LGBTQ

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“Hockney’s creative output had taken a marked turn. Working in three dimensions changed his relationship to space. It enhanced his vision further the way his deafness had . . .

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“Those who have been waiting a long time for this new addition to the Shadowhunters series will be thrilled with the story brought to them by Clare and Chu.”

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Ardent was the word that Joshua Speed, Abraham Lincoln’s best friend, used to describe Lincoln’s wife Mary Todd.

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Shane was used to people asking if he was a boy or a girl. He was used to people sometimes assuming he was a girl because of his slender body and long blond hair.

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“Lot is far from a bleak read. Washington’s language takes the dense texture of poverty and turns into poetry.”

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“Sycamore seems to be forcing the reader to look at social injustices in a way that makes us realize the world is unfair.”

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“Castellani delivers a touching, and often eloquent dramatization of one of the most legendary gay couples in theatrical history.”

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“Feltman’s supreme ability to capture the emotional reality of her characters’ lives compels the reader forward. . . . a successful debut . . .”

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“It is a novel replete with the joy, cynicism, excitement, frustration, and other deep emotions that we often find accompanying any worthwhile, profound learning experience.”

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A Ladder to the Sky is not a book you want to love.

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This is a beautiful book that spans from the 1920s to the 1960s. It tells the story of Dara, a young woman who falls in love with another young woman called Rhodie.

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Sean, the main character in this novel, tells us there are two types of psychopaths. The first type is completely oblivious to their wrongdoing and can normalize even the most savage behavior.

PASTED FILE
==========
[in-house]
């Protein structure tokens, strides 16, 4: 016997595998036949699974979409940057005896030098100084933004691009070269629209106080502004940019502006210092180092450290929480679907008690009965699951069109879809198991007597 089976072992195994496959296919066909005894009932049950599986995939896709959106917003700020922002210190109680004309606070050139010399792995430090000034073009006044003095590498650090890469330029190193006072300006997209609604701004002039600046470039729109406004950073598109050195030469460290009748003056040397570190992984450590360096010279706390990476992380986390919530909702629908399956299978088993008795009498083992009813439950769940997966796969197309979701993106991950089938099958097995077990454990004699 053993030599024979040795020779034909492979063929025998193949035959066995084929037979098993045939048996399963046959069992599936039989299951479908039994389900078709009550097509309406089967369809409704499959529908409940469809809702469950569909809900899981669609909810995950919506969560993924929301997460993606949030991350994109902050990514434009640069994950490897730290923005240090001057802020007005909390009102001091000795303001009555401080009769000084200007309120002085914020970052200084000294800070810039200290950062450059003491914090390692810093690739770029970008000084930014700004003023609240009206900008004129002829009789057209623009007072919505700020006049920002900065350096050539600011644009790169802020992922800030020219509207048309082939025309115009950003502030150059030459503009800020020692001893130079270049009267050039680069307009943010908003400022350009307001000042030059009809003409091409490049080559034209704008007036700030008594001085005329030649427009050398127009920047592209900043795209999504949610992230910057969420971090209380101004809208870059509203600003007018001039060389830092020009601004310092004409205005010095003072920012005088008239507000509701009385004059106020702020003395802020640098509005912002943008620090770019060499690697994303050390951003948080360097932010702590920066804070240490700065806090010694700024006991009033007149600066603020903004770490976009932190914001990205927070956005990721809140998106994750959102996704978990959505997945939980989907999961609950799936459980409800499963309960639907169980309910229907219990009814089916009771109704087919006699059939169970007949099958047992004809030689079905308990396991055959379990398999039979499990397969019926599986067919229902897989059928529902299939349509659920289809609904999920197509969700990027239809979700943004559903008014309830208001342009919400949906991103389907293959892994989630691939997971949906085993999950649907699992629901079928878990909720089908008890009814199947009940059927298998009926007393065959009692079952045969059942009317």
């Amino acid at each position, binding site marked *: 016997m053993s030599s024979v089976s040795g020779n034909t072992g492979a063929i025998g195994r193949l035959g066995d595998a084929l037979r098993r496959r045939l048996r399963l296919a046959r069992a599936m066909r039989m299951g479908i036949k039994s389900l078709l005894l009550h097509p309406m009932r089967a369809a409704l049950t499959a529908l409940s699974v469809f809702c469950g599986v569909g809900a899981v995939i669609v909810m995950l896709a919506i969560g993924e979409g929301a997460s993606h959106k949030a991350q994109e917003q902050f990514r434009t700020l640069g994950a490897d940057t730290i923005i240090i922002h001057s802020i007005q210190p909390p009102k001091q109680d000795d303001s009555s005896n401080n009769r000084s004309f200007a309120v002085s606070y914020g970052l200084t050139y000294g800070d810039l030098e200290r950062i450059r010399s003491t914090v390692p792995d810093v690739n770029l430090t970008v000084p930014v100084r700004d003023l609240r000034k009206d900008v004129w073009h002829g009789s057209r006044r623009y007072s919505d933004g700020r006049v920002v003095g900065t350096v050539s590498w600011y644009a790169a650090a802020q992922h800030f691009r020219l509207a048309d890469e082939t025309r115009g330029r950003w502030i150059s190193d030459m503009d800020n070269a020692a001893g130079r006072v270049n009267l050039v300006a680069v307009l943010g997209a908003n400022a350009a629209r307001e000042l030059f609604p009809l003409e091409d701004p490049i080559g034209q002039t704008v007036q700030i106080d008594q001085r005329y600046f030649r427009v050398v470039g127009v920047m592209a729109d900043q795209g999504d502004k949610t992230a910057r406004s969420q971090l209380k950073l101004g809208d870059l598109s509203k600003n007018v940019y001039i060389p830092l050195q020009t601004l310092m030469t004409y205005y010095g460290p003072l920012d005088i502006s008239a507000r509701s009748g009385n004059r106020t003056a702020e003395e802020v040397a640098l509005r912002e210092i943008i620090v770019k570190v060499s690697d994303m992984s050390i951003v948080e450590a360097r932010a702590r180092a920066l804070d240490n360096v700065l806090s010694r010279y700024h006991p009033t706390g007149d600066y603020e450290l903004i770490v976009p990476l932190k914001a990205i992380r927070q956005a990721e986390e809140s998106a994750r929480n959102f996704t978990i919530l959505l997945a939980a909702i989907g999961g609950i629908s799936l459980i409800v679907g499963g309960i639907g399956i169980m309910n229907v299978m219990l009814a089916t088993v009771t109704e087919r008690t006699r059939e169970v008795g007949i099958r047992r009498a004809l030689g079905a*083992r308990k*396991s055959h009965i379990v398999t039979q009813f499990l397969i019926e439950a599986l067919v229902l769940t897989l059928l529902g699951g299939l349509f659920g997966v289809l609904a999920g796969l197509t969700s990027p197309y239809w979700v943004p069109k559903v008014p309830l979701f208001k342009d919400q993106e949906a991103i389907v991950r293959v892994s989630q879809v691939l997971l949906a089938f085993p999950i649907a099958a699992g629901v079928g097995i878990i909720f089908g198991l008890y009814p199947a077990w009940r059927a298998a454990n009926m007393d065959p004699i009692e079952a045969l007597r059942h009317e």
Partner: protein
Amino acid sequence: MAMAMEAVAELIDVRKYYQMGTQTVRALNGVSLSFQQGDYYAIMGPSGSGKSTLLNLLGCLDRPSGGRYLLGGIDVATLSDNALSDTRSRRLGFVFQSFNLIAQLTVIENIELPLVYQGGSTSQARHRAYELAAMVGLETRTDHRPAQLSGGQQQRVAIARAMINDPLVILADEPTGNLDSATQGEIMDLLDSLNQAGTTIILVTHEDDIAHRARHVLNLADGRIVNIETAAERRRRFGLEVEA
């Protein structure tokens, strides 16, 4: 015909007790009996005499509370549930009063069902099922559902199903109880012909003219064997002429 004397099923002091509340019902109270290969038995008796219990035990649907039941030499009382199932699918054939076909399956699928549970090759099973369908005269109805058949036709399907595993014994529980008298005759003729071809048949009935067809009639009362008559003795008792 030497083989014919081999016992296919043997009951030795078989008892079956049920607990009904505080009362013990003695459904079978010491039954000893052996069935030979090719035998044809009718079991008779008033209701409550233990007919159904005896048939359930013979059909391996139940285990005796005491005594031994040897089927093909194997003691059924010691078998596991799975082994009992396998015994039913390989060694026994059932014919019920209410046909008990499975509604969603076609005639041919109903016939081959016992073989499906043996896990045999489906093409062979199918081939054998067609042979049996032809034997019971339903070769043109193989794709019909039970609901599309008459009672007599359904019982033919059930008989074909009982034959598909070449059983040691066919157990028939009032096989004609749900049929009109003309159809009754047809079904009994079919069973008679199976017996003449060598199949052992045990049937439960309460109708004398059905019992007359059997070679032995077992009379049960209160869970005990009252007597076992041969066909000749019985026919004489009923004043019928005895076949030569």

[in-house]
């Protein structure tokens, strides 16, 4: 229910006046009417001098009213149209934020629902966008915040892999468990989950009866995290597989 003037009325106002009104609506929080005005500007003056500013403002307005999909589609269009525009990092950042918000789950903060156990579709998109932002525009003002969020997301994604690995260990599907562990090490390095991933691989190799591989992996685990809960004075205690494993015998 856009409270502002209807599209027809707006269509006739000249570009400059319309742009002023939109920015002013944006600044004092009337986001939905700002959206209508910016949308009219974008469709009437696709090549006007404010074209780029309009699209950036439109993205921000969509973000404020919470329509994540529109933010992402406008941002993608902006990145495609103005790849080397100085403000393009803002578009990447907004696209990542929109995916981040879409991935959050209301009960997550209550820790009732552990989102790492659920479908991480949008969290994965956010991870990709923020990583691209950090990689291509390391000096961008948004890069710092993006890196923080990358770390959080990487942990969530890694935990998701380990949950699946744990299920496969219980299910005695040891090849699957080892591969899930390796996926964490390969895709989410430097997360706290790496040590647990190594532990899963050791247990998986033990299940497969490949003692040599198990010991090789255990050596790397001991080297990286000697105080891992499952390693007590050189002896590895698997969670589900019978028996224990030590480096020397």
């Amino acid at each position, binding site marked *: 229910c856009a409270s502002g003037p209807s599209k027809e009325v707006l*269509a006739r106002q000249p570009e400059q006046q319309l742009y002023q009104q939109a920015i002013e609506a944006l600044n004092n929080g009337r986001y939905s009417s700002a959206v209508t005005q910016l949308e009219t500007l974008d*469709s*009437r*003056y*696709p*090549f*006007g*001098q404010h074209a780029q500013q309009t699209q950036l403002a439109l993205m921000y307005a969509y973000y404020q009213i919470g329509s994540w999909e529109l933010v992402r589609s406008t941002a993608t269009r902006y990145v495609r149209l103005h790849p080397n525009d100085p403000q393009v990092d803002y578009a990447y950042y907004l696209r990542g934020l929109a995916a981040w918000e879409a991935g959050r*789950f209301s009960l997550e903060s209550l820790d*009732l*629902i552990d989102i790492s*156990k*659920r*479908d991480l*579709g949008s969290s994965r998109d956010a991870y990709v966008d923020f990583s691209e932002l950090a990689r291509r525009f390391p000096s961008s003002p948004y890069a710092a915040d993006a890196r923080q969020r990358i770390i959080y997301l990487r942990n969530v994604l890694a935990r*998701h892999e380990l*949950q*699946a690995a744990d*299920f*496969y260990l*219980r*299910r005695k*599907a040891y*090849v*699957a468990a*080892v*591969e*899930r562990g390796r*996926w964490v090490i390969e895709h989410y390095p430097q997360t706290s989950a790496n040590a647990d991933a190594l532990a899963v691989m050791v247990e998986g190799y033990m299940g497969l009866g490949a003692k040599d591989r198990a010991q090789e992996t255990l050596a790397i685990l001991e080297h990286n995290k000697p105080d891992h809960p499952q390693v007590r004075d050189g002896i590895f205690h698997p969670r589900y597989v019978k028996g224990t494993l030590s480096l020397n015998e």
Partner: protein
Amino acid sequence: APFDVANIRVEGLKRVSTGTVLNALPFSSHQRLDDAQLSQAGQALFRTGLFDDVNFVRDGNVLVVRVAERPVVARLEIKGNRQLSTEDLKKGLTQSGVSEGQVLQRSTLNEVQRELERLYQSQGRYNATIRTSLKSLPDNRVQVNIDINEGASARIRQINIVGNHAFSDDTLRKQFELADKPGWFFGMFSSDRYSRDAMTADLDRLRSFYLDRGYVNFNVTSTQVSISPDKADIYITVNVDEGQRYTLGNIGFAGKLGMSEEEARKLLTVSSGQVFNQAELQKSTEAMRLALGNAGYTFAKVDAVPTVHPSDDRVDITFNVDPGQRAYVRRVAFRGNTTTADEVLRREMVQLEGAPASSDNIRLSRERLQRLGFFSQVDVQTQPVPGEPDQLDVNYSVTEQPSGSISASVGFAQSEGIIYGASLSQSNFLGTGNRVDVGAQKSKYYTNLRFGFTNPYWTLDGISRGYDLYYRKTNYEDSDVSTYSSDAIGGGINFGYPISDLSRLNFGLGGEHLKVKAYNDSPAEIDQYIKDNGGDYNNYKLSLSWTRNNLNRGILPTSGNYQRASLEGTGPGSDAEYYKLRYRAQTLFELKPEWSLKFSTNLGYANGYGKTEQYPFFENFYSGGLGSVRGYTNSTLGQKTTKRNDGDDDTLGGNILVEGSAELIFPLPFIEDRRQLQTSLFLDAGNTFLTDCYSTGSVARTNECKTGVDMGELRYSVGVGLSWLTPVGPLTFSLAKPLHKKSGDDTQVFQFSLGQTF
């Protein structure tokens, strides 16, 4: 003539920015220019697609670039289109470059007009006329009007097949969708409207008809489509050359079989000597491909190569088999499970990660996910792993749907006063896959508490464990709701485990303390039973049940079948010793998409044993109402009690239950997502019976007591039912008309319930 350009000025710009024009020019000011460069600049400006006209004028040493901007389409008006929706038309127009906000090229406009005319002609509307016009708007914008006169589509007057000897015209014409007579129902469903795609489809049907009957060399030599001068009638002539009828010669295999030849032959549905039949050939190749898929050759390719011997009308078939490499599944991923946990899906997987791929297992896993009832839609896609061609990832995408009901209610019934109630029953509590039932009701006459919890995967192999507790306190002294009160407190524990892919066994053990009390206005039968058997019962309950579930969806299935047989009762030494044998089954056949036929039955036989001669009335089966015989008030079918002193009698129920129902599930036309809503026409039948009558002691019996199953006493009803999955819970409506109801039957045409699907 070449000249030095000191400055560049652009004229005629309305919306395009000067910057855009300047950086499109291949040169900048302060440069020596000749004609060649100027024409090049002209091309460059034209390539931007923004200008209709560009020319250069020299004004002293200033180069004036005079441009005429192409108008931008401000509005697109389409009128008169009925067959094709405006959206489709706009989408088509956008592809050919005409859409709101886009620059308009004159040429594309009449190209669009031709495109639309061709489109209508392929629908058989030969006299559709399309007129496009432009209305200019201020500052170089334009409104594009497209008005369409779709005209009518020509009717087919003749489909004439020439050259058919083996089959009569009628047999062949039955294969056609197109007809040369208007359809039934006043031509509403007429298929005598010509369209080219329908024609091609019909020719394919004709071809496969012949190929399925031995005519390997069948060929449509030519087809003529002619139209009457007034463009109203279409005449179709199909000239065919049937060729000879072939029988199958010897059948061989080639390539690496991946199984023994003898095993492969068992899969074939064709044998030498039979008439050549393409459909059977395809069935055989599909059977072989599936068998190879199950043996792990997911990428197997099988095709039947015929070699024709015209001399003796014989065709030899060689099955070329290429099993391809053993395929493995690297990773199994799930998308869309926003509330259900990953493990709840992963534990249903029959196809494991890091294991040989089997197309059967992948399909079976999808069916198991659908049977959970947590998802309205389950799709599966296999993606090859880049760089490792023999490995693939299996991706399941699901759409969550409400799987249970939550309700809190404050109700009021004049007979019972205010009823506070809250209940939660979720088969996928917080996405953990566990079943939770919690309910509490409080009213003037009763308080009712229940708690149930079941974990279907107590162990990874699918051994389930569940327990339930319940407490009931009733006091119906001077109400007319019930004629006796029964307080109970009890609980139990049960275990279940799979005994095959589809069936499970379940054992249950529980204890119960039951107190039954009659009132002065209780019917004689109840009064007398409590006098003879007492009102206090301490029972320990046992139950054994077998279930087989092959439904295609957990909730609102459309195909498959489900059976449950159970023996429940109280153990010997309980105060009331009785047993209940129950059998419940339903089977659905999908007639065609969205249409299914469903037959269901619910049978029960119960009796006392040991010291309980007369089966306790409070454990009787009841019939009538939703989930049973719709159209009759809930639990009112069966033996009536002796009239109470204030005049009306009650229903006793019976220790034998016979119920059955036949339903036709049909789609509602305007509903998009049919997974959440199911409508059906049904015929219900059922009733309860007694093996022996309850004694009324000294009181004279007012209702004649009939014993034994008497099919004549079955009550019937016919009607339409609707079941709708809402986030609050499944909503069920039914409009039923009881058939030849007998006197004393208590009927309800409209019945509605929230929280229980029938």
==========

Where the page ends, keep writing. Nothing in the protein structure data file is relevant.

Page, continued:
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Evan Fallenberg’s novel The Parting Gift takes the reader through the emotional turmoil of love, lust, trust, and mistrust that often accompanies affairs of the heart.

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This is a love story between two women who are the complete opposites of each other.

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Reader warning: This review contains spoilers.

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“For readers interested in the deeper mysteries of human relationships, Maggie Terry delivers, with Schulman addressing the more trenchant mystery of how people and communities reb

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“this collection refreshes an esteemed opinion of Rich’s invaluable contributions to poetry and feminist thought.”

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History of Violence is not, as the title suggests, a big, fat tome about human aggression, brute force, and cruelty, though it describes a world in which violence shapes the life of the na

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Alan Hollinghurst’s novel, The Sparsholt Affair, presents a bit of a conundrum.

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In 1922 the British author Vita Sackville-West was commissioned to write a story and inscribe it in her own hand into a beautifully bound, tooled leather book.

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While it seems to be universally the case that authors would rather have their books written about than not, it is also the case that it is sometimes better not to review a given book than to revie

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“a fast, funny, and rip-roaring adventure of a few days in the life of an orc who’d like to forget his former association with a certain elf, and the elf who’s fighting against awakening ol

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What should “A Reader” attempt to do? One looks for it to provide an overview of an author’s work. The reader is a book that should be suitable for the classroom and instruction.

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“an exciting police procedural combining the tense search for a missing child with the personal involvement of a police chief mistrusted by a good many of the people on the case.”

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